Could we see Bruce Pearl back on the sidelines anytime soon? Possibly, if the NCAA doesn’t slap the former Tennessee coach with a show-cause penalty.
Pearl was fired by Tennessee shortly after the Volunteers lopsided loss to Michigan in the NCAA Tournament in March. Pearl was cited for inappropriate contact with recruits and then providing false information to the NCAA during the investigation.
In his first interview since being fired, Pearl said he’ll get another coaching job.
“I do think that I'm going to have the opportunity to coach again," Pearl told 790 The Zone in Atlanta last week. “I've got to wait and see what the Committee on Infractions, what they say, coming up probably sometime in the middle of August and how quickly will they allow me to come back into coaching...A lot's going to be hinging on that decision.”
Pearl has positive precedent on his side. Former Cal-Berkley coach Todd Bozeman was hit with an eight-year show-cause penalty in 1997 after it was revealed he paid the parents of a player $30,000 so they could travel to see their son play.
Bozeman’s show-cause penalty was lifted in 2005. He took over as head coach at Morgan State in 2006 and has led the Bears to the NCAA Tournament twice and the NIT once. Bozeman became the first person to return from a show-cause penalty and coach another college team.
Former Indiana coach Kelvin Sampson was hit with a five-year show-cause penalty, but hasn’t returned to the college ranks. Former Baylor coach Dave Bliss is under a show-cause order until 2015.
A show-cause order means that no NCAA member school could hire a coach without permission. The NCAA came down particularly hard on Bozeman in part because he lied to school and NCAA investigators about the payments and waited until a week before the hearing to come clean.
Although Pearl lied to investigators about the inappropriate contact he had with recruits, there were no payments involved. He acknowledged his mistake during the interview.
“I think there were some decisions that we made, specifically, in my visit with the enforcement staff,” Pearl told the radio station. “I answered about 150 questions. I answered 148 of them honestly. There were two questions that I did not answer honestly.”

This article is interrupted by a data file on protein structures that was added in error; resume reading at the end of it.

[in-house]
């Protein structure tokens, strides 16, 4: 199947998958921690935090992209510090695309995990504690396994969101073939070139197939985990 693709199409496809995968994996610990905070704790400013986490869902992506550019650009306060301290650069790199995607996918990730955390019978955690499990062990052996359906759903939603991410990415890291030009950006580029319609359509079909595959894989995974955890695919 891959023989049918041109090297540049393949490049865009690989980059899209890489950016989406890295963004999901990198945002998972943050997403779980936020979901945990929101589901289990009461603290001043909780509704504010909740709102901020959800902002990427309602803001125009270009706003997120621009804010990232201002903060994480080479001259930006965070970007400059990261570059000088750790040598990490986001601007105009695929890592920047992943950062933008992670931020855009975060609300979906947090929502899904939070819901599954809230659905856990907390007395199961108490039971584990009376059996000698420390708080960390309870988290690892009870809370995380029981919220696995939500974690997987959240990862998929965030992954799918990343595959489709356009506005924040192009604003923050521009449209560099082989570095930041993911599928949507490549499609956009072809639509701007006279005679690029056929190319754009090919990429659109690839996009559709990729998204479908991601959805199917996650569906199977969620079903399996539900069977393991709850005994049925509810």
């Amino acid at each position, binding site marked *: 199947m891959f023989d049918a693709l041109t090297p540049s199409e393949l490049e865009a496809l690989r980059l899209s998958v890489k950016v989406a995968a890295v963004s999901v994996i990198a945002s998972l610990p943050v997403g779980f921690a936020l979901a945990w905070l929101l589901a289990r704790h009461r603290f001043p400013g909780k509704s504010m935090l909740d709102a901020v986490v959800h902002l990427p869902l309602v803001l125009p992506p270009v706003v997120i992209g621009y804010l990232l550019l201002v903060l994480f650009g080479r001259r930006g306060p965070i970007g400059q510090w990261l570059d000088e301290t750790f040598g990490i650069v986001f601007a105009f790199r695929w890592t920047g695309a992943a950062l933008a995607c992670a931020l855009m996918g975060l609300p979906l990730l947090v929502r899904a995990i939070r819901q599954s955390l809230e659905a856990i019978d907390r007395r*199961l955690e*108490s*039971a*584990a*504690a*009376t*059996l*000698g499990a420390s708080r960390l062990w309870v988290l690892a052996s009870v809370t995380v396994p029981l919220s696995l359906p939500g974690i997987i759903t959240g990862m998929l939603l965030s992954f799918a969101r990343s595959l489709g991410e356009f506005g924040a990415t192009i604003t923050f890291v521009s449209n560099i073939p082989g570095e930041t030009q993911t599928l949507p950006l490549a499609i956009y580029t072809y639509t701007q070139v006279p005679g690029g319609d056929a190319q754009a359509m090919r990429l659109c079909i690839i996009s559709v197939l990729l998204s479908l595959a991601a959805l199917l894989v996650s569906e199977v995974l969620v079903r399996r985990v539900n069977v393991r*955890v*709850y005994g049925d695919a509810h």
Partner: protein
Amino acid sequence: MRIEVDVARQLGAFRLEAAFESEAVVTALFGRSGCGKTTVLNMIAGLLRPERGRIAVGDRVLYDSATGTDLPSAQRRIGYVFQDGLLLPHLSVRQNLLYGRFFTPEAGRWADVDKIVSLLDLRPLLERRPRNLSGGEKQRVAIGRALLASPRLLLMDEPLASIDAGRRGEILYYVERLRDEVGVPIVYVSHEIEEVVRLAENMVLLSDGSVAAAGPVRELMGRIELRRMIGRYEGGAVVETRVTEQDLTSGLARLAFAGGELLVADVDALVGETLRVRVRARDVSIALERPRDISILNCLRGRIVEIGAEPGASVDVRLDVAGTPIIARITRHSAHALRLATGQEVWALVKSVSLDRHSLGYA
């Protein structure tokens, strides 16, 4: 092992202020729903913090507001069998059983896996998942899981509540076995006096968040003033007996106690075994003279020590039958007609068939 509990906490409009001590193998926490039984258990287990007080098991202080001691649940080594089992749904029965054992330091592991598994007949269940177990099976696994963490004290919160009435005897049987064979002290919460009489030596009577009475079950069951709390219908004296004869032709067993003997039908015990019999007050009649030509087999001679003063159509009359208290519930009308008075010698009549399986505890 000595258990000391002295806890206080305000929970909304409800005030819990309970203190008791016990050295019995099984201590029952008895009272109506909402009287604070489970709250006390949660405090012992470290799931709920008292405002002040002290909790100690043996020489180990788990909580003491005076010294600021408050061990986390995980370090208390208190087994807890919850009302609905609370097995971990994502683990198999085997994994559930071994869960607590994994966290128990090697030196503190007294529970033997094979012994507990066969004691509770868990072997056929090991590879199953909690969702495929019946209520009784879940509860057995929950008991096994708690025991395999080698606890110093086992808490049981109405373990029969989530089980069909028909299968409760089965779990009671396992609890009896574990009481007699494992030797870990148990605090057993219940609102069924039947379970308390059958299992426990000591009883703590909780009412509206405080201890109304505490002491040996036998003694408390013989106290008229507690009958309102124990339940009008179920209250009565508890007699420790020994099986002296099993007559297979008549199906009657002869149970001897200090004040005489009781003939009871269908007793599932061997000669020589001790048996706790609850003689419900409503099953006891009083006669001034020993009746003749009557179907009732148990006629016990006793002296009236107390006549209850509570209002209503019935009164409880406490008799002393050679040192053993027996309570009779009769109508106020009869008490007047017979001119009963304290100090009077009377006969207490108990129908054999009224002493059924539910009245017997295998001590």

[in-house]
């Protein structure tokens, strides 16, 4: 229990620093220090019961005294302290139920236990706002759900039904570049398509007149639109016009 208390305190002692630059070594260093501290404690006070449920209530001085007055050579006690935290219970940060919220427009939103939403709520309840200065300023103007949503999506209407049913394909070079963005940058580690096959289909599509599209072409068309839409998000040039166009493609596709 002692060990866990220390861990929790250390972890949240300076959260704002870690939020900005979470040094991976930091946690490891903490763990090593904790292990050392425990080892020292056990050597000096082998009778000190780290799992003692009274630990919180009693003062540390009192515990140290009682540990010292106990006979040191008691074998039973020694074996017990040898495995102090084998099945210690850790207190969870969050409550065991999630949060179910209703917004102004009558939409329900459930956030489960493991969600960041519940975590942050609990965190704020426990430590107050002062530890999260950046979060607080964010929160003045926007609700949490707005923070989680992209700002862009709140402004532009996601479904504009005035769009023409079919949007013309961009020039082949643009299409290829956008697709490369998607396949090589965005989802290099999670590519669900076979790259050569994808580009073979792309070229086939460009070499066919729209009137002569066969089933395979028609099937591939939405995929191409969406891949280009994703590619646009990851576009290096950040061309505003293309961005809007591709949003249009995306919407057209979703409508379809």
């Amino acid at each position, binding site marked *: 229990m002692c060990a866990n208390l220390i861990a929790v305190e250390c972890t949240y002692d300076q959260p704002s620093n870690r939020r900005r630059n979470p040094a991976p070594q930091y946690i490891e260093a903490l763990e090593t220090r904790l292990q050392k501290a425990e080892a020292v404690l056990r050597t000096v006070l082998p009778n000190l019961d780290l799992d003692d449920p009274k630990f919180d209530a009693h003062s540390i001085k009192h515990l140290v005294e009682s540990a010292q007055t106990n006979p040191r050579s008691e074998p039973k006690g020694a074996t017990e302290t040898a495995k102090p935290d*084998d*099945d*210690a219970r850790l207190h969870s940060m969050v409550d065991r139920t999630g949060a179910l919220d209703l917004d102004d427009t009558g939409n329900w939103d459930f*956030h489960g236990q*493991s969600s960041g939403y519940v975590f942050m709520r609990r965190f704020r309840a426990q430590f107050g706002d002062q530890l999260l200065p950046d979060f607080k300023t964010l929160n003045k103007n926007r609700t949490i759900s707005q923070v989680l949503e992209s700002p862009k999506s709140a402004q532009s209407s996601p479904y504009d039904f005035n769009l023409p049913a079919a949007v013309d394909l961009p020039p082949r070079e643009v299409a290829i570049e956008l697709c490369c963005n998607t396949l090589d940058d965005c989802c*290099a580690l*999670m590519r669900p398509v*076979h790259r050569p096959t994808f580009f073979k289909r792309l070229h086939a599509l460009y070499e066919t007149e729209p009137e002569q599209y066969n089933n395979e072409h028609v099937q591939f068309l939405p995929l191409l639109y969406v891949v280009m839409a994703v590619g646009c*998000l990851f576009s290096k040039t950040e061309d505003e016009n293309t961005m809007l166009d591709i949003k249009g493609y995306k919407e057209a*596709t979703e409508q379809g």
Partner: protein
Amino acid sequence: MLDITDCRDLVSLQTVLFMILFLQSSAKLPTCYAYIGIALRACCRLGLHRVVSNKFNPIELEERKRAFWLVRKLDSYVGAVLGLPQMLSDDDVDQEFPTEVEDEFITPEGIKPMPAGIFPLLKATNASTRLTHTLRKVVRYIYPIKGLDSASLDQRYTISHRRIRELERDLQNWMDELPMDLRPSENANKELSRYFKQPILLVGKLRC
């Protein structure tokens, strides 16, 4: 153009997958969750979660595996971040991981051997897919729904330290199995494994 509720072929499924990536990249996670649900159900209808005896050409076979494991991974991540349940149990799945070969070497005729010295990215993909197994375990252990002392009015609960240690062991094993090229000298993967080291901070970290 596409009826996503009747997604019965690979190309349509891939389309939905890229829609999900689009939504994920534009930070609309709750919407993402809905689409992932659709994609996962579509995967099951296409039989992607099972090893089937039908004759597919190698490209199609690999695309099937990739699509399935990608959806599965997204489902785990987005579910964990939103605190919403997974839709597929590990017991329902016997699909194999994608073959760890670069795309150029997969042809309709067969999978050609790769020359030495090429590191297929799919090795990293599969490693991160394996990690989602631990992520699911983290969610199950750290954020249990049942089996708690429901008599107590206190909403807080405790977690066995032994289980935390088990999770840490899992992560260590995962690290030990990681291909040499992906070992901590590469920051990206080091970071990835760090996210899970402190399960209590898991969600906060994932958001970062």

The question is what can the NCAA do to punish Pearl? Since Pearl doesn’t have a job and can't be suspended next season, a show-cause order may be the only weapon the NCAA has in its arsenal.
Pearl believes the current climate in college sports –Jim Tressel’s troubles at Ohio State and Lane Kiffin’s problems at USC– could have an effect on his dealings with the NCAA.
“I think that it wound up hurting me because I think times as they are right now, we all kind of get lumped into one, big 'These are the guys that violate the rules, these are the cheaters,'” Pearl said of Tressel’s scandal. “I actually think that trend has kind of hurt me a little bit.”
Another thing Pearl has going for him is that Tressel's actions involved covering up infractions as well as playing ineligible players. Although the NCAA has sent vibes that it will come down hard on coaches, Pearl could avoid a stiff sanction because was already punished numerous times by Tennessee and the SEC.
Pearl's acknowledgement of his violation notwithstanding, he said trust has become a major issue between coaches and the NCAA.
Said Pearl: "There's got to be a trust factor. You've got to kick it up a level. If your guys are involved in a situation, you've gotta kick it up to a boss as quickly as you possibly can and trust the system. And I don't know that we trust the system enough to make that call."